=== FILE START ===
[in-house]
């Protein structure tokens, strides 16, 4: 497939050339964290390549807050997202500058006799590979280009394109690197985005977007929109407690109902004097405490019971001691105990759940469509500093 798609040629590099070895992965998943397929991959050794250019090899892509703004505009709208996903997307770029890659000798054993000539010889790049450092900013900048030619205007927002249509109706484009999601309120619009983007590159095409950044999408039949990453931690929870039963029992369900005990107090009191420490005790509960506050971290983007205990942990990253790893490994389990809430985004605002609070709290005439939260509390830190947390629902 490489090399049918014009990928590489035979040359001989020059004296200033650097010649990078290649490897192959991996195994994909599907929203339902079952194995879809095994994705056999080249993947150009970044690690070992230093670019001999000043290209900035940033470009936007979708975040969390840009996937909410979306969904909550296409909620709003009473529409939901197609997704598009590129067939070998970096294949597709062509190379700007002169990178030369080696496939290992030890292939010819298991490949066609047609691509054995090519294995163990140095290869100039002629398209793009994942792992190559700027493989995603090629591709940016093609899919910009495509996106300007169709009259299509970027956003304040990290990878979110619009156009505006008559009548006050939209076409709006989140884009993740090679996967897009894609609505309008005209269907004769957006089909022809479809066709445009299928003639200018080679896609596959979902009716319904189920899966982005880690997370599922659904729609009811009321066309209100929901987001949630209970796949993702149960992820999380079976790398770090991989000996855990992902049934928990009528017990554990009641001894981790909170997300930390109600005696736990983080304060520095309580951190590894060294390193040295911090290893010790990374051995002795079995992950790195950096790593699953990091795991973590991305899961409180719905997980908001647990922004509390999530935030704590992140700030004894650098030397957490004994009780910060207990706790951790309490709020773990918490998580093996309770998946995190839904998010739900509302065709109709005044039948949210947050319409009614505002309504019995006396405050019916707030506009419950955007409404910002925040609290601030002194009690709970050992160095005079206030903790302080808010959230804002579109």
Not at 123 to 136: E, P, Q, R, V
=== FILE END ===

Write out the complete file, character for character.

[in-house]
């Protein structure tokens, strides 16, 4: 497939050339964290390549807050997202500058006799590979280009394109690197985005977007929109407690109902004097405490019971001691105990759940469509500093 798609040629590099070895992965998943397929991959050794250019090899892509703004505009709208996903997307770029890659000798054993000539010889790049450092900013900048030619205007927002249509109706484009999601309120619009983007590159095409950044999408039949990453931690929870039963029992369900005990107090009191420490005790509960506050971290983007205990942990990253790893490994389990809430985004605002609070709290005439939260509390830190947390629902 490489090399049918014009990928590489035979040359001989020059004296200033650097010649990078290649490897192959991996195994994909599907929203339902079952194995879809095994994705056999080249993947150009970044690690070992230093670019001999000043290209900035940033470009936007979708975040969390840009996937909410979306969904909550296409909620709003009473529409939901197609997704598009590129067939070998970096294949597709062509190379700007002169990178030369080696496939290992030890292939010819298991490949066609047609691509054995090519294995163990140095290869100039002629398209793009994942792992190559700027493989995603090629591709940016093609899919910009495509996106300007169709009259299509970027956003304040990290990878979110619009156009505006008559009548006050939209076409709006989140884009993740090679996967897009894609609505309008005209269907004769957006089909022809479809066709445009299928003639200018080679896609596959979902009716319904189920899966982005880690997370599922659904729609009811009321066309209100929901987001949630209970796949993702149960992820999380079976790398770090991989000996855990992902049934928990009528017990554990009641001894981790909170997300930390109600005696736990983080304060520095309580951190590894060294390193040295911090290893010790990374051995002795079995992950790195950096790593699953990091795991973590991305899961409180719905997980908001647990922004509390999530935030704590992140700030004894650098030397957490004994009780910060207990706790951790309490709020773990918490998580093996309770998946995190839904998010739900509302065709109709005044039948949210947050319409009614505002309504019995006396405050019916707030506009419950955007409404910002925040609290601030002194009690709970050992160095005079206030903790302080808010959230804002579109």
Not at 123 to 136: E, P, Q, R, V